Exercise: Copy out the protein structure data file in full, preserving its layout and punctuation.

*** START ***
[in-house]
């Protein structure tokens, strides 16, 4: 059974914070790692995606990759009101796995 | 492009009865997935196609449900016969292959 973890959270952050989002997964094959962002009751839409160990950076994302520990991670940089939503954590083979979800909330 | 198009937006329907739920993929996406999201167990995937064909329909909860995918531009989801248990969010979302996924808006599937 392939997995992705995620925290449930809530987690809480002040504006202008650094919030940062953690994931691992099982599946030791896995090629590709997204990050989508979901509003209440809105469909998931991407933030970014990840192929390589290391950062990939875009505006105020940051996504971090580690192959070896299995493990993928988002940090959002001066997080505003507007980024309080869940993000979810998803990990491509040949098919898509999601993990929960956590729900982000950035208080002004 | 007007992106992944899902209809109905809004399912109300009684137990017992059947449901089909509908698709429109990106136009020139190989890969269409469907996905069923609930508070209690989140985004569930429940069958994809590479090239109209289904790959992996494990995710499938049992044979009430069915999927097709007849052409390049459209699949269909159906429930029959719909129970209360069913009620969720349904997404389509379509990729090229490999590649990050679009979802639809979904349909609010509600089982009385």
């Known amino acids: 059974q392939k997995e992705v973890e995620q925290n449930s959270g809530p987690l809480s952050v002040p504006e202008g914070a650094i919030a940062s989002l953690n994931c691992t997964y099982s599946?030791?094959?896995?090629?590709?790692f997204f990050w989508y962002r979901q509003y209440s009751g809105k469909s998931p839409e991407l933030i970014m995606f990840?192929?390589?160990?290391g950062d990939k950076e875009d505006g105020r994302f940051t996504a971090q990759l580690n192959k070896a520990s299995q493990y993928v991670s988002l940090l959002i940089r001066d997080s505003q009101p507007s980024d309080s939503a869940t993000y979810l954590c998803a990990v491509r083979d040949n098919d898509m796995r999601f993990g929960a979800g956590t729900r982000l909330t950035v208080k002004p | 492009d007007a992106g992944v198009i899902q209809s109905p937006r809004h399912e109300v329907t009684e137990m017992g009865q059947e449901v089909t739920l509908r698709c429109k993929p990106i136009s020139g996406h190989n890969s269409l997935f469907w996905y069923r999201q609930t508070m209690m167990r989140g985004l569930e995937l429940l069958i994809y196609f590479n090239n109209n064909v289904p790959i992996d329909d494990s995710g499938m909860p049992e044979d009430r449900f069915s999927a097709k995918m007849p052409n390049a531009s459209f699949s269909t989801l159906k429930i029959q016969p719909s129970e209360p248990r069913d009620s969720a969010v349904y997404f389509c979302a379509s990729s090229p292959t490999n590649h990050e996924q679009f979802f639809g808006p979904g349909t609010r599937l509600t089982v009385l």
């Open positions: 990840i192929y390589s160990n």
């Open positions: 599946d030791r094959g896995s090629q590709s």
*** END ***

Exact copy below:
[in-house]
């Protein structure tokens, strides 16, 4: 059974914070790692995606990759009101796995 | 492009009865997935196609449900016969292959 973890959270952050989002997964094959962002009751839409160990950076994302520990991670940089939503954590083979979800909330 | 198009937006329907739920993929996406999201167990995937064909329909909860995918531009989801248990969010979302996924808006599937 392939997995992705995620925290449930809530987690809480002040504006202008650094919030940062953690994931691992099982599946030791896995090629590709997204990050989508979901509003209440809105469909998931991407933030970014990840192929390589290391950062990939875009505006105020940051996504971090580690192959070896299995493990993928988002940090959002001066997080505003507007980024309080869940993000979810998803990990491509040949098919898509999601993990929960956590729900982000950035208080002004 | 007007992106992944899902209809109905809004399912109300009684137990017992059947449901089909509908698709429109990106136009020139190989890969269409469907996905069923609930508070209690989140985004569930429940069958994809590479090239109209289904790959992996494990995710499938049992044979009430069915999927097709007849052409390049459209699949269909159906429930029959719909129970209360069913009620969720349904997404389509379509990729090229490999590649990050679009979802639809979904349909609010509600089982009385």
């Known amino acids: 059974q392939k997995e992705v973890e995620q925290n449930s959270g809530p987690l809480s952050v002040p504006e202008g914070a650094i919030a940062s989002l953690n994931c691992t997964y099982s599946?030791?094959?896995?090629?590709?790692f997204f990050w989508y962002r979901q509003y209440s009751g809105k469909s998931p839409e991407l933030i970014m995606f990840?192929?390589?160990?290391g950062d990939k950076e875009d505006g105020r994302f940051t996504a971090q990759l580690n192959k070896a520990s299995q493990y993928v991670s988002l940090l959002i940089r001066d997080s505003q009101p507007s980024d309080s939503a869940t993000y979810l954590c998803a990990v491509r083979d040949n098919d898509m796995r999601f993990g929960a979800g956590t729900r982000l909330t950035v208080k002004p | 492009d007007a992106g992944v198009i899902q209809s109905p937006r809004h399912e109300v329907t009684e137990m017992g009865q059947e449901v089909t739920l509908r698709c429109k993929p990106i136009s020139g996406h190989n890969s269409l997935f469907w996905y069923r999201q609930t508070m209690m167990r989140g985004l569930e995937l429940l069958i994809y196609f590479n090239n109209n064909v289904p790959i992996d329909d494990s995710g499938m909860p049992e044979d009430r449900f069915s999927a097709k995918m007849p052409n390049a531009s459209f699949s269909t989801l159906k429930i029959q016969p719909s129970e209360p248990r069913d009620s969720a969010v349904y997404f389509c979302a379509s990729s090229p292959t490999n590649h990050e996924q679009f979802f639809g808006p979904g349909t609010r599937l509600t089982v009385l």
């Open positions: 990840i192929y390589s160990n």
């Open positions: 599946d030791r094959g896995s090629q590709s």